WORKSHOP 3: EVERYONE IS DIFFERENT
Appreciating Diversity of Emotional Responses
SOCIAL EMOTIONAL LEARNING CATEGORY
- Perspective taking
- Respect for Others
Goal: Students become aware that people can emotionally respond to the same event in different ways, and that’s OK.
Using an online activity to spur discussion, teacher emphasizes how people can have different emotional responses to the same event and that’s OK. Students use drama games to role-play and then create a drawing or writing to demonstrate understanding.
- Technical set-up (Internet connection, white board, projector and space to project)
- Crayons, pencils, tape, glue
- Blank 8.5x11 white paper
Emotional ABCs Program
- Everyone is Different Path: Top Tabs > Lesson List > Unit 1, Lesson 3, Everyone is Different
- Picture Game Path: Top Tabs > Lesson List > Unit 2, Lesson 1, Picture Game
May connect to these Common Core Standards:
Language Arts: Writing
Language Arts: Language
CCSS.ELA-Literacy L.K.4, L.K.5
CCSS.ELA-Literacy L.1.4, L.1.5
CCSS.ELA-Literacy L.2.4, L.2.5
Language Arts: Speaking & Listening
CCSS.ELA-Literacy SL.K.1, SL.K.4, SL.K.5
CCSS.ELA-Literacy SL.1.1, SL.1.4, SL.1.5
CCSS.ELA-Literacy SL.2.1, SL.2.4, SL.2.5
- Introduce Topic: Play Online Activity, Everyone is Different Path: Top Tabs > Lesson List > Unit 1, Lesson 3, Everyone is Different
- Reiterate Topic: Emphasize that different people can have different emotional responses to the same thing.
- Elicit Personal Responses: Play Online Activity, Picture Game. Ask students for their personal responses to the activity. Path: Top Tabs > Lesson List > Unit 2, Lesson 1, Picture Game
- Teaching Point: “Last session, we observed that we did not all respond the same way to the music, and that’s OK. Just now, we had different responses to the pictures. People, even your friends and family, might have different emotional responses to the same event than you. Respecting other people’s feelings is important. It is equally important to trust your own emotional feelings, even if you feel differently about an event than everyone else.”
- Students Discuss Differences: Students talk with friends to understand they may feel differently than their friends about situations and that’s OK.
- Role-Play in Scenarios to Practice Empathy: Using Drama Cue Cards PDF, students observe different reactions to the same stimuli, then practice empathic responses by asking questions.
The Drama Cue Cards guide students through the Process of: #1 The Situation, #2 The Act, #3 WHAT are you feeling?, and #4 WHY (a BECAUSE sentence).
- Discuss Responses to Role-Playing Activity
- Summarize. “We’ve demonstrated how the same situation can create different emotional responses. People have personal reasons for their emotional responses.”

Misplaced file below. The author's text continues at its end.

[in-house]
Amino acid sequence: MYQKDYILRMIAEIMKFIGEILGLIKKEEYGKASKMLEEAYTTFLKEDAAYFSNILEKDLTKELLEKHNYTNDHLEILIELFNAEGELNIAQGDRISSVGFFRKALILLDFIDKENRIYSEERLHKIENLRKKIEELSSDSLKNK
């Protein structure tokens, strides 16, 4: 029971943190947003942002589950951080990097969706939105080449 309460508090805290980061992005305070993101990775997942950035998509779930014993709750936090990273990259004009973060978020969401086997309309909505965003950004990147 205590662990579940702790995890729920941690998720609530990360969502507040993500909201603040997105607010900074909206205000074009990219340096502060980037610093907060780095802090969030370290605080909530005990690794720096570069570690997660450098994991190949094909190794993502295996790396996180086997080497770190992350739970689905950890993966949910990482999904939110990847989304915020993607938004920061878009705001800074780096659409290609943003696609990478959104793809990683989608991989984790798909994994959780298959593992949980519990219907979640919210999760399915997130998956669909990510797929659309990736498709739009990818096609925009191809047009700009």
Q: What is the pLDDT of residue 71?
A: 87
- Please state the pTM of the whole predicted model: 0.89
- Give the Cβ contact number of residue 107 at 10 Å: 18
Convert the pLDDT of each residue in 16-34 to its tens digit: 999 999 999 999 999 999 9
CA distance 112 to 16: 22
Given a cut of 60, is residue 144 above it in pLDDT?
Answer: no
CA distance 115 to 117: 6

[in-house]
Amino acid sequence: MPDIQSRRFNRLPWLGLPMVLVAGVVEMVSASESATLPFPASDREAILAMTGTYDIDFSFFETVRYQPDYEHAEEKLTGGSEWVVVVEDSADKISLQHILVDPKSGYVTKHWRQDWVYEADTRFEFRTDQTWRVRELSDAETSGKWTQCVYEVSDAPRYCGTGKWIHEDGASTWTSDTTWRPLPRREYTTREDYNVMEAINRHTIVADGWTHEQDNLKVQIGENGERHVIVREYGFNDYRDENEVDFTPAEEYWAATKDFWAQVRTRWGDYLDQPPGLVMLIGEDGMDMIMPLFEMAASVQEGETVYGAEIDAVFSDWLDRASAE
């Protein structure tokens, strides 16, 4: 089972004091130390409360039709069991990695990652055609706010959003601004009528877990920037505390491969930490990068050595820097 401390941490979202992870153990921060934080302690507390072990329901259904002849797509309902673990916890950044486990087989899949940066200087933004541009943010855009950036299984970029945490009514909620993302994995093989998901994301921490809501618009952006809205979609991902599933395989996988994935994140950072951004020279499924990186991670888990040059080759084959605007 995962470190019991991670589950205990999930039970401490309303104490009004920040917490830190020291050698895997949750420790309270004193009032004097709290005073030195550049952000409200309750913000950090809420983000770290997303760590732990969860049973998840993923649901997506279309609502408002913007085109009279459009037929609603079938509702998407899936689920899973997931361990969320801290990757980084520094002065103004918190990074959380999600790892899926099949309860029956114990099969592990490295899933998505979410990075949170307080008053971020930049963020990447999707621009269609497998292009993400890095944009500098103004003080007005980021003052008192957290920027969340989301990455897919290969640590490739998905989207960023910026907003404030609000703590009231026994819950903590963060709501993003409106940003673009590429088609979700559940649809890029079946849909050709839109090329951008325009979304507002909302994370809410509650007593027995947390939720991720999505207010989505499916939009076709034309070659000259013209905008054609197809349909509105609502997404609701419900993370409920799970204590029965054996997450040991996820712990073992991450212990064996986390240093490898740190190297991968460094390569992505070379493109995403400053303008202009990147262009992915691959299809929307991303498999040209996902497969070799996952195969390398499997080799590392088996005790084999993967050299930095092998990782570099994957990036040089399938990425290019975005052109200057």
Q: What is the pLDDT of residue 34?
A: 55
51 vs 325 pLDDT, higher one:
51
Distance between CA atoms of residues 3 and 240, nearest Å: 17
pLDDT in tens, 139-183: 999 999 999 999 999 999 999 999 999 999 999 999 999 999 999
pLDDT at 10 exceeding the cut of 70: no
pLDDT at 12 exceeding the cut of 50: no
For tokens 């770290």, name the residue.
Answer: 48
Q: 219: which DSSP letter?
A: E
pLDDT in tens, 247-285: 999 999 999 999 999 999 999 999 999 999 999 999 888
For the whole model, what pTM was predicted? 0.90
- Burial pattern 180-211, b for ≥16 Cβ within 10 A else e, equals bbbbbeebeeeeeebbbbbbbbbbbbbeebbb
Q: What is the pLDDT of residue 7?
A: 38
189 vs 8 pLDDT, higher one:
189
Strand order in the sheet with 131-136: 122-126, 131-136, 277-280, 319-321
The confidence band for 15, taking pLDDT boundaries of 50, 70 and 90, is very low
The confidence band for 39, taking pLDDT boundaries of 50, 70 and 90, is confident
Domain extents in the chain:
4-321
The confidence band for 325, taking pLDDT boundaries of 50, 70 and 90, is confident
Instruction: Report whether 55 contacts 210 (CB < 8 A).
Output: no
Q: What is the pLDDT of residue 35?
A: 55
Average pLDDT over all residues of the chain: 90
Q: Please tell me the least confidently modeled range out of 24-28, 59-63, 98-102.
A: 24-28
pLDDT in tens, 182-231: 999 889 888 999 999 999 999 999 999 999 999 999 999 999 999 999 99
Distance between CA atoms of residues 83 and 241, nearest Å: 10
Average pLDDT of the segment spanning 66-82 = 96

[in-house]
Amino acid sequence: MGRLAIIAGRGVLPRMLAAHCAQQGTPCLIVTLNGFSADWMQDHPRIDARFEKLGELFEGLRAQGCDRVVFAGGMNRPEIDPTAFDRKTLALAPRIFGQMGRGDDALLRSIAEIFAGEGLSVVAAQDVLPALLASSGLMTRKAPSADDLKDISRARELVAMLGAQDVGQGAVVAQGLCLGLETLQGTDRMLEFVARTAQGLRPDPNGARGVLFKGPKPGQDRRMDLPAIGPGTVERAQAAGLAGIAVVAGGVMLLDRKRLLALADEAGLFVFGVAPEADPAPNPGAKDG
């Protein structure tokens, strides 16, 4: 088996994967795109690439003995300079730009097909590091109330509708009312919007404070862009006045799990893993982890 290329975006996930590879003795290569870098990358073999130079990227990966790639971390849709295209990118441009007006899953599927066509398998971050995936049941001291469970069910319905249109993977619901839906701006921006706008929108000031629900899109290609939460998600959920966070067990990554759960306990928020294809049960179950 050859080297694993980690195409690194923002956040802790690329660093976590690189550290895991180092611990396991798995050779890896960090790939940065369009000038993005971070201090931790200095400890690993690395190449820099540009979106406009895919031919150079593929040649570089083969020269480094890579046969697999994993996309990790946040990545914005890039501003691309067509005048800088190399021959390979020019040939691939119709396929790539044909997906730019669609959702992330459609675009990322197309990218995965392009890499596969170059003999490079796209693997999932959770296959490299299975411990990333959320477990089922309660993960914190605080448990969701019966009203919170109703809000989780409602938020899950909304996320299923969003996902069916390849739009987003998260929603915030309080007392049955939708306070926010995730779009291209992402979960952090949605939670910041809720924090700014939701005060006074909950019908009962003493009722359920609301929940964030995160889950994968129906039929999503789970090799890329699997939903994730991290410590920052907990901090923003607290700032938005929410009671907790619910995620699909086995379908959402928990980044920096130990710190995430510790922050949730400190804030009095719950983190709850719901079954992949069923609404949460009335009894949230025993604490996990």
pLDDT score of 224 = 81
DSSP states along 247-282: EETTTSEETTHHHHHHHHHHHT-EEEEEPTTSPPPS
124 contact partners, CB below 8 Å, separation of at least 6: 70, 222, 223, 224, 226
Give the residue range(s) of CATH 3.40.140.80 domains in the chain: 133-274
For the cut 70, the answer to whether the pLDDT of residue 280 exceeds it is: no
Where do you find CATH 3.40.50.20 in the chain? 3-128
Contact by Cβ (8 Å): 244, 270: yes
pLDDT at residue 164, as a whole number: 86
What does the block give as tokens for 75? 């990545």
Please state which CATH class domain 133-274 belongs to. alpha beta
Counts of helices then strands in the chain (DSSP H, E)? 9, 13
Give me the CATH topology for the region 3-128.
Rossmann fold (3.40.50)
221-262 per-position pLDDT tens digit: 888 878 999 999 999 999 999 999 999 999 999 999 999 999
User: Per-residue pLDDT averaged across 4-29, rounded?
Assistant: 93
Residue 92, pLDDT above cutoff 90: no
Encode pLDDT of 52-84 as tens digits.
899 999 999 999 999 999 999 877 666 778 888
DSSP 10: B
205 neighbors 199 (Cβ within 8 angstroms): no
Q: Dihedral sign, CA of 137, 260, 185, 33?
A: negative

TEACHING TOOL: Tech - Online Presentation, Discussion
GOAL: Children learn that people can react differently to the same event, and that’s OK.
- Locate Online Activity, Everyone is Different Path: Top Tabs > Lesson List > Unit 1, Lesson 3, Everyone is Different
- Locate Online Activity, Picture Game Path: Top Tabs > Lesson List > Unit 2, Lesson 1, Picture Game
Play Online Activity, Everyone is Different using your classroom techniques to proceed through the activity. Path: Top Tabs > Lesson List > Unit 1, Lesson 3, Everyone is Different
“I noticed that the people in the activity had different emotional responses to the same situation. Let’s try another activity and see how each of us responds.”
- Multiple Correct Answers: Before starting the Picture Game Activity, show students the Multiple Correct Answer icon, top right of the activity. Explain that there can be more than one correct answer because people can feel differently about the same thing.
- Play Picture Game. Ask students to choose an answer by raising their hand. Narrate an approximate tally of class responses for each screen as you proceed through the activity. For example, “For this picture, we have 10 Exciteds, 2 Calms, and 7 Scareds.” Path: Top Tabs > Lesson List > Unit 2, Lesson 1, Everyone is Different
II. MINI LESSON
TEACHING TOOL: Discussion
GOAL: Students notice they may feel differently about events than their friends and that’s OK. Students learn to respect other people’s feelings and to respect and trust their own emotional responses.
- Read scripts below to develop your own approach. The goals are to build a foundation for increased empathy (respect for others) and to combat peer pressure (respect for self).
“Last session, we observed that we did not all respond the same way to the music and that’s OK. Just now, we had different responses to the pictures. People, even your friends and family, might have different emotional responses to the same event than you. Respecting other people’s feelings is important. It is equally important to trust your own emotional feelings, even if you feel differently about an event than everyone else.”